DuPont Danisco Cellulosic Ethanol LLC Begins Construction at Demonstration Plant in Vonore, TN
Date Posted: October 30, 2008
Knoxville, TN—Construction started this week in the Knoxville-Oak Ridge Innovation Valley of East Tennessee on a biofuel refinery that will use switchgrass, a perennial crop, as a feedstock to produce cellulosic ethanol.
Switchgrass can be replaced when necessary by corncobs and fiber.
Innovation Valley economic officials on hand for the groundbreaking said switchgrass could be an important resource as the country tries to reduce its dependence on imported, petroleum-based fuels.
"We think the Innovation Valley has just established itself as a leader in cellulosic ethanol," said Rhonda Rice, executive vice president of the Knoxville Chamber.
"Additional research and production of biofuels holds great promise for the regional economy."
Gov. Phil Bredesen (D-Tenn) called the groundbreaking "a red-letter day in the history of alternative energy."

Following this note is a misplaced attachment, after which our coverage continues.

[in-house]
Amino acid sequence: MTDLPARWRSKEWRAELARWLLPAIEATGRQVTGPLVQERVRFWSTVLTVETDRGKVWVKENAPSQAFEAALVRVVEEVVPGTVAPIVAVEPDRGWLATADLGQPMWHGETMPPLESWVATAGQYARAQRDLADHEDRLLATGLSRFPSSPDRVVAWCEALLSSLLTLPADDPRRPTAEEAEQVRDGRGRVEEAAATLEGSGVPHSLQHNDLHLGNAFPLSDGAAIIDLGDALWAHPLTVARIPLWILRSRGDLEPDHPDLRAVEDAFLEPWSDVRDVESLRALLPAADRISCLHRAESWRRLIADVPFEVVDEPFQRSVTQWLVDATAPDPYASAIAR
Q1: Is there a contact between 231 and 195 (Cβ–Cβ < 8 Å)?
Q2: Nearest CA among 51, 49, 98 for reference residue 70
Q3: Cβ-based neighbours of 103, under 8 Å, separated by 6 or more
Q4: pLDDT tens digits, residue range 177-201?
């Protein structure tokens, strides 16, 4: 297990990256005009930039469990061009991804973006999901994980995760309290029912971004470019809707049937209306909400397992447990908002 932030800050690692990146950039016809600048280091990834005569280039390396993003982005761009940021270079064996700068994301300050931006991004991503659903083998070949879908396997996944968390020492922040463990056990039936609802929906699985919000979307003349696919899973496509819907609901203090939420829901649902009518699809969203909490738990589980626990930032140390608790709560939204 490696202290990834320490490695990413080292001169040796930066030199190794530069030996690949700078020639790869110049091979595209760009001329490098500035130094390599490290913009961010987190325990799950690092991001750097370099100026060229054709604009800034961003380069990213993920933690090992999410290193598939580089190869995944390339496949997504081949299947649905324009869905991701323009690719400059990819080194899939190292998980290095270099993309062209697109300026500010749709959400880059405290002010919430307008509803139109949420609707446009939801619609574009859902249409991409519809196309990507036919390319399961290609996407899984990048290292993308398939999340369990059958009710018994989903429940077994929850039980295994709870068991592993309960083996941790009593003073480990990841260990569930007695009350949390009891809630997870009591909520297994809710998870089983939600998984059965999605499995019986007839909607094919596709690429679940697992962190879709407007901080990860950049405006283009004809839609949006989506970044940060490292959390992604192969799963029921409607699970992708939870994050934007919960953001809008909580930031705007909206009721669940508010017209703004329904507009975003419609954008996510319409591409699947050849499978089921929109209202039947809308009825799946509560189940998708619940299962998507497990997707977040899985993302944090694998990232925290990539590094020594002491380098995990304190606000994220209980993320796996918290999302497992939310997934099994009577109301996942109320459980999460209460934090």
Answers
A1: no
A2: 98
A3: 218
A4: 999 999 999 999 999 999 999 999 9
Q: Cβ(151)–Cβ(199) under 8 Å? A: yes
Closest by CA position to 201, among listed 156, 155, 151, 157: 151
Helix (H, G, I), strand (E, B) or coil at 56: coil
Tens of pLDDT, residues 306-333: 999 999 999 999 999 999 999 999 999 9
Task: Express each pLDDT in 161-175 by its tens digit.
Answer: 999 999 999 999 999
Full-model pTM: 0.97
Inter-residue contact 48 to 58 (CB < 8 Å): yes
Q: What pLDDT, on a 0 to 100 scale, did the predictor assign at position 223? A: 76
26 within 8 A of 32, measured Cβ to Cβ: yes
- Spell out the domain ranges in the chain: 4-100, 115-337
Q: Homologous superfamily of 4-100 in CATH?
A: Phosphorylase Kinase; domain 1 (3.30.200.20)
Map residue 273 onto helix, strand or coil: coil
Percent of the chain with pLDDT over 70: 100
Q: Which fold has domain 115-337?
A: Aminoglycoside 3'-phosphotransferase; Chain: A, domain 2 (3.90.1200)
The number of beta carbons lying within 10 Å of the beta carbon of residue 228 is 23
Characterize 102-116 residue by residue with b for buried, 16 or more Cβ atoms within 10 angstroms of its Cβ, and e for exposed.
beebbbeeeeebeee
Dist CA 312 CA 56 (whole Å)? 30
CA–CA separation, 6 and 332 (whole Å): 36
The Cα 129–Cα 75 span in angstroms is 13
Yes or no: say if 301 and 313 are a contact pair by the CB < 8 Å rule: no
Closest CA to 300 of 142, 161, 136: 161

The refinery will be located in the Niles Ferry Industrial Park in Vonore, southeast of Knoxville.
UT President John Petersen said the facility will "help move the nation to energy independence," since cellulosic ethanol is a substitute for petroleum-based fuels.
Much of the feedstock will be grown locally, giving hard-pressed East Tennessee farmers a cash crop.
DuPont's Danisco subsidiary will develop the ethanol refining technology.
State support for the project totaled $70.5 million, which includes $40.7 million to build the biorefinery.
About 16 local farmers already have planted more than 700 acres of switchgrass to support the refinery.
Nearby farm owner David Richesin, who has already planted about 40 acres of switchgrass, used a tractor to break the ground for the new refinery.
Richesin, who quit his dairy farm operation a few years ago, said he was looking for a kind of crop to grow on his available land.
The land, he said, is too steep and rocky to grow corn, soybeans or other row crops.
It usually takes several seasons to get switchgrass established.
But once it grows, it has several advantages as a biofuel feedstock.
It is drought tolerant, grows on steep land and, because it is a perennial, does not have to be planted every year.
For more information, call 585-256-6973.